Dear Mr Prime Minister,

Your war against black-money has put the nation into endless queues outside banks and ATMs, but Kashmir continues to tell a different story. People in Kashmir have largely been confined indoors since July 8, when widespread violence erupted against the killing of militant commander Burhan Muzaffar Wani.

So at a time when people are standing in long lines across the country, killing time discussing the merits and demerits of demonetisation, banks and ATMs in Kashmir have failed to attract any unusual rush.

The exceptional calm outside financial institutions may be attributed to the ability of Kashmiri people to bear with unusual situations. Survival during longest-ever curfew of 52 days, followed by sustenance during the ongoing strike calls given by the separatists somehow proves that.

We are into fifth month of unrest, where normal life is paralyzed, except for a few hours of hustle-bustle in the markets in the evening hours or on weekends, as and when allowed by the “united” Hurriyat spearheading the agitation.

While the besieged, 7 million-odd population struggles for existence, an aura has been created that demonetization brought perceptible improvement.

In less than a week of the PM’s address to the nation, Defence Minister Manohar Parrikar hailed the “daring” move. On November 15, Parrikar said: “Earlier, there were rates: Rs 500 for stone pelting (on security forces in Kashmir) and Rs 1,000 for doing something else. The PM has brought terror funding to zero. In the last few days after the PM’s daring move, there hasn’t been stone pelting on security forces. I congratulate PM for it.”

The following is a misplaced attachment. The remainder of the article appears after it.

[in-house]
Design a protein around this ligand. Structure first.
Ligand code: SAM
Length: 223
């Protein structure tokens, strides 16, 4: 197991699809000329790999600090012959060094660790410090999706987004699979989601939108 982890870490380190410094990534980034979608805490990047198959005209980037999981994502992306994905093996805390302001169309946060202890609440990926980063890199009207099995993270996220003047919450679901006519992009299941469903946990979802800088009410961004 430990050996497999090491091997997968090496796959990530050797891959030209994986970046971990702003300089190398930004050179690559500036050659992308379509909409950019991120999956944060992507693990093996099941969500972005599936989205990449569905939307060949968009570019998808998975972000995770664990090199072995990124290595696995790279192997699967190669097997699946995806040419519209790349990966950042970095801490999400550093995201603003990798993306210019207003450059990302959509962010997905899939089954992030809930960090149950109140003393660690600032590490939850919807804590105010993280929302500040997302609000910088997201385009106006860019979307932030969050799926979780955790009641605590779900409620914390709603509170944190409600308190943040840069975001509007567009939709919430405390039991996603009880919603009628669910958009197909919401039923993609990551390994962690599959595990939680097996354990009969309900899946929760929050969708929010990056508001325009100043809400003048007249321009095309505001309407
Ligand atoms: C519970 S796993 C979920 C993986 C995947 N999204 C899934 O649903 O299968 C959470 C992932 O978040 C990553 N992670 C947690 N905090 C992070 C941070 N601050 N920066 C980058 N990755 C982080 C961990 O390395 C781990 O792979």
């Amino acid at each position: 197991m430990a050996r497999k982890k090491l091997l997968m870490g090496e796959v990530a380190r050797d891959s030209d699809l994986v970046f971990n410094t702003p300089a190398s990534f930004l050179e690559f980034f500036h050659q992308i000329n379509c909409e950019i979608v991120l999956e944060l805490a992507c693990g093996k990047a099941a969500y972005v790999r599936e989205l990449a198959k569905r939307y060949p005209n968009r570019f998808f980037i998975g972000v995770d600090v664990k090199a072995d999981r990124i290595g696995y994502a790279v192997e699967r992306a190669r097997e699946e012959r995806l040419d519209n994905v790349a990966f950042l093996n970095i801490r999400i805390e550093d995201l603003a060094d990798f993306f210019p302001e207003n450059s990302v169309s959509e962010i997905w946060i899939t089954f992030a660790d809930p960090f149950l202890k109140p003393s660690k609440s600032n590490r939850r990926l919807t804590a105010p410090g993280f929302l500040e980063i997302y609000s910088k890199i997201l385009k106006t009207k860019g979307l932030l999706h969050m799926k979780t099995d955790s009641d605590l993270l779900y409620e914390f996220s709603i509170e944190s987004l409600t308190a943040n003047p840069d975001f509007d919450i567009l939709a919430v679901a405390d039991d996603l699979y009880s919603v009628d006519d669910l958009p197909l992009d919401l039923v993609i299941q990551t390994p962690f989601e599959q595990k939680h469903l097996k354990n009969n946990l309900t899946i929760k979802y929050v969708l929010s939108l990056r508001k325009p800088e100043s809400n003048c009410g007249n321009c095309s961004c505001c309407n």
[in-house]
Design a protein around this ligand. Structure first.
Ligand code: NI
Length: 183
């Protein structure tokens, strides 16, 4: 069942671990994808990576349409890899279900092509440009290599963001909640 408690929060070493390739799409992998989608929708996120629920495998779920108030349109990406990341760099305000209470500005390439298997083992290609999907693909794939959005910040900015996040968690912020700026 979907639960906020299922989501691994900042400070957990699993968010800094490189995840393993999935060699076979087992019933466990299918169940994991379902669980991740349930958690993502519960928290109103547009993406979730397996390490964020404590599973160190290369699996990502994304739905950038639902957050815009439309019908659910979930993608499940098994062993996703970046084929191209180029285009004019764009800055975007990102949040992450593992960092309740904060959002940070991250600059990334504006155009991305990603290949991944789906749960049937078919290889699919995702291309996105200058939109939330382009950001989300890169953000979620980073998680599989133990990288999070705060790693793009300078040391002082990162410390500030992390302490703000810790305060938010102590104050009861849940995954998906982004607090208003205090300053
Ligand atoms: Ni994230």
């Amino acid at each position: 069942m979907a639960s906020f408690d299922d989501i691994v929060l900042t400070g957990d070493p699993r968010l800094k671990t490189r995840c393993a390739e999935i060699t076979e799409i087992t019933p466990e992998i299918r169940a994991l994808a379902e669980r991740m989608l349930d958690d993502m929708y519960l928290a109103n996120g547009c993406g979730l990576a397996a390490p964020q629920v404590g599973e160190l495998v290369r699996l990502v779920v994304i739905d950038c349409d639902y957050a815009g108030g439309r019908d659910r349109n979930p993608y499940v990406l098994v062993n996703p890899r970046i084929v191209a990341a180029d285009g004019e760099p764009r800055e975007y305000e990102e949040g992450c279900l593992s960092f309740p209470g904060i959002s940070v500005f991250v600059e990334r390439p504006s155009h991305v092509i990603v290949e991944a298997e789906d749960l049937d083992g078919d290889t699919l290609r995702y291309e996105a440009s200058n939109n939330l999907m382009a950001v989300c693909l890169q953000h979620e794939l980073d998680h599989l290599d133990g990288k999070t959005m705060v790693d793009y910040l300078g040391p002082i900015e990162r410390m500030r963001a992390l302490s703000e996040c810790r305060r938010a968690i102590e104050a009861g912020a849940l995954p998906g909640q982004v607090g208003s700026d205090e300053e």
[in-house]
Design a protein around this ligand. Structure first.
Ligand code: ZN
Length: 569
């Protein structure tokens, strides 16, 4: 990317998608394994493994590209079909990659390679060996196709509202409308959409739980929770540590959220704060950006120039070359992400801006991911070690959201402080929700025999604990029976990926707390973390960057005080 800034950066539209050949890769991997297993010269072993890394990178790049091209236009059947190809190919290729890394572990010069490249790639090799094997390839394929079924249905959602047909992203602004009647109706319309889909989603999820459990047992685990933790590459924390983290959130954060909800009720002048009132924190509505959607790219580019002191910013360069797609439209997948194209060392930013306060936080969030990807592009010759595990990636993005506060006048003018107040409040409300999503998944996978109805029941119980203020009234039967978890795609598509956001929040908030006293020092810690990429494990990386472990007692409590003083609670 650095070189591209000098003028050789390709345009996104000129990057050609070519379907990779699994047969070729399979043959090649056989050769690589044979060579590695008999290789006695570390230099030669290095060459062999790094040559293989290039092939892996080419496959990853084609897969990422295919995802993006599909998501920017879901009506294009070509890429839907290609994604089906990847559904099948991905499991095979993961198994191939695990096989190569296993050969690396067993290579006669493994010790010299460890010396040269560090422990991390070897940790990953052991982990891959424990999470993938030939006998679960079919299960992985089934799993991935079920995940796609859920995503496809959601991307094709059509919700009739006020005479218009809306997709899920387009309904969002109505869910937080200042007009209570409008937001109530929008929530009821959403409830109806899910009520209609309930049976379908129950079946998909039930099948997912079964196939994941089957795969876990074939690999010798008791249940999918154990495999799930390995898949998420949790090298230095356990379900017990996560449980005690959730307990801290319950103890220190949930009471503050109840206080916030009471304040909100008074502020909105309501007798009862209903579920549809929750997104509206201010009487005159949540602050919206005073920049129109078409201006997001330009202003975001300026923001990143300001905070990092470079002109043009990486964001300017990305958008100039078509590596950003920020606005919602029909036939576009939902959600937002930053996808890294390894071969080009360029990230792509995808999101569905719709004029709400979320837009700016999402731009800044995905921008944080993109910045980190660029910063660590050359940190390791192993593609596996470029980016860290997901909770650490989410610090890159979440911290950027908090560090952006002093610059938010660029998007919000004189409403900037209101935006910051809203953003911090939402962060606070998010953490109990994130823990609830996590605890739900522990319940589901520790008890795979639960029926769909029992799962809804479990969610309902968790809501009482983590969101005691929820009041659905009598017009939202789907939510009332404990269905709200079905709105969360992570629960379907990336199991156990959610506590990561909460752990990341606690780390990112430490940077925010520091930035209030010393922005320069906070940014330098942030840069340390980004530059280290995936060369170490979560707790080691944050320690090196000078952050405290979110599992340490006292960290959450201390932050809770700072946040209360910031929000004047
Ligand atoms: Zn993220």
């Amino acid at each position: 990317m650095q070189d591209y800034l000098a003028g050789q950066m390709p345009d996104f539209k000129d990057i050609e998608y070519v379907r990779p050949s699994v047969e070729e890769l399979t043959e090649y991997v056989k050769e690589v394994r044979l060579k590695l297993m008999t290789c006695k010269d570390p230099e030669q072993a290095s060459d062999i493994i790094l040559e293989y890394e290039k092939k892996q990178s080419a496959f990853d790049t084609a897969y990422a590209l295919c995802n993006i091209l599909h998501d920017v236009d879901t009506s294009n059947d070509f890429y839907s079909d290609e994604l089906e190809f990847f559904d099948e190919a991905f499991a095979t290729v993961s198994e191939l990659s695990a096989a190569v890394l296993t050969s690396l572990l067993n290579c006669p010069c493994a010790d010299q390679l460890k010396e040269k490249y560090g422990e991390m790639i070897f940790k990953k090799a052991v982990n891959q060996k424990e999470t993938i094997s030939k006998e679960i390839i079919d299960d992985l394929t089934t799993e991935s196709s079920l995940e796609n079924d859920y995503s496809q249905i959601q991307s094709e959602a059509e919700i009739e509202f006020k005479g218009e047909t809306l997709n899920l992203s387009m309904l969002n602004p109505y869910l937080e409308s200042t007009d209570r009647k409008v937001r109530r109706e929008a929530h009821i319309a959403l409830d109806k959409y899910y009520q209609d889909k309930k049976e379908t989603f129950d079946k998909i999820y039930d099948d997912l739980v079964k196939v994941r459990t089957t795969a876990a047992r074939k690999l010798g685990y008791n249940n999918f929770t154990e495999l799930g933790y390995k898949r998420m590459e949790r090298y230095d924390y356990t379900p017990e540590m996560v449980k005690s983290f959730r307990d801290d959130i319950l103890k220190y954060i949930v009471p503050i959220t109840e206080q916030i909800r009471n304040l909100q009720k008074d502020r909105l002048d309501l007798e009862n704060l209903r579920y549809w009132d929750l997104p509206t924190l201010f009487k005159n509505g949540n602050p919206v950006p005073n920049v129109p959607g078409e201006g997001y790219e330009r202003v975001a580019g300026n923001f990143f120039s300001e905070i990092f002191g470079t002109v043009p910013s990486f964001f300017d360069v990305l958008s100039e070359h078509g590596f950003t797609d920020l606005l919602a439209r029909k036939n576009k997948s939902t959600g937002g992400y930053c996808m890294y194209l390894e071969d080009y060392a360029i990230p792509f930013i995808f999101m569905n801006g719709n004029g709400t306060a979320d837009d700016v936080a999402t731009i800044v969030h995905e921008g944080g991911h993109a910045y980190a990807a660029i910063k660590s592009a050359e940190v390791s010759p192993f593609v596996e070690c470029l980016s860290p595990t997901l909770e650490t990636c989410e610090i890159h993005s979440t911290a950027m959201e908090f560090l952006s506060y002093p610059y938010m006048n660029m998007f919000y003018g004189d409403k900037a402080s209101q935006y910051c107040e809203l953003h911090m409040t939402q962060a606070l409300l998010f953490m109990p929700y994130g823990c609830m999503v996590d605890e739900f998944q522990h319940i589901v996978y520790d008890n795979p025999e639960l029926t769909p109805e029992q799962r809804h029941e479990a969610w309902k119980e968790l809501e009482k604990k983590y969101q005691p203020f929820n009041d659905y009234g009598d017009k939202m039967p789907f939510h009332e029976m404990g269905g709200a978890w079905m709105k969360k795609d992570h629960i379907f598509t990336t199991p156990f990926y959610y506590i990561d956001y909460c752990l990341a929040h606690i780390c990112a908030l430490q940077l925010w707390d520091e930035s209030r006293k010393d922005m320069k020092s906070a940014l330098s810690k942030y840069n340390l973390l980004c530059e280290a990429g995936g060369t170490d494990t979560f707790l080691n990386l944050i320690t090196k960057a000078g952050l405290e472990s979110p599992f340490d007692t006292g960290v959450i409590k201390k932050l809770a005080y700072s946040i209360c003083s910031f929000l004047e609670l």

The same day, Union HRD Minister Prakash Javadekar furthered this statement. He said the students of Kashmir have given a befitting reply to terrorists as 95 per cent of them appeared for their Class 12 board examination, which is in itself is a powerful “surgical strike”.

Many of my “fellow Kashmiris” like “Afzal Rahman” acknowledge such changes in their open letters to you.

The official records, however, narrate a different story. A police handout released on November 23 reported: “Toddler among three injured in stone pelting.”

In the Valley where at least 96 persons were killed in the ongoing unrest, over 15,000 reportedly wounded, 1,000 blinded, 10,000 arrested and another 5,000 are wanted, changing the look-and-feel of currency has been unable to bring a perceptible change.

Though board exams are being held in schools across the Valley, the government has offered 50 per cent discount on the syllabus. The students had otherwise sought postponement of exams as they were yet to complete even half of their syllabus. How will exams without schooling help these students? Will these help them in the comtetetive exams just after they complete schools?

On November 1, Home Minister Rajnath Singh had reiterated his demand asking JK government to make efforts to reopen schools in the Valley. Time and again, he has asked security forces to crack down on those instigating violence in the state, and restore peace.

But miracles are failing to happen. No magic wand has been delivered. No peace has been restored. Despite the Home Minister’s directive that schools must reopen and action must be taken, the situation hasn’t been changed.

For holistic peace and prosperity in India, political solution to Kashmir is awaited. Mr Prime Minister, you say you believe in the ideology of “Sabka Saath, Sabka Vikas”. We wish you luck for your mission and sincerely hope that you take the people of Kashmir on board too!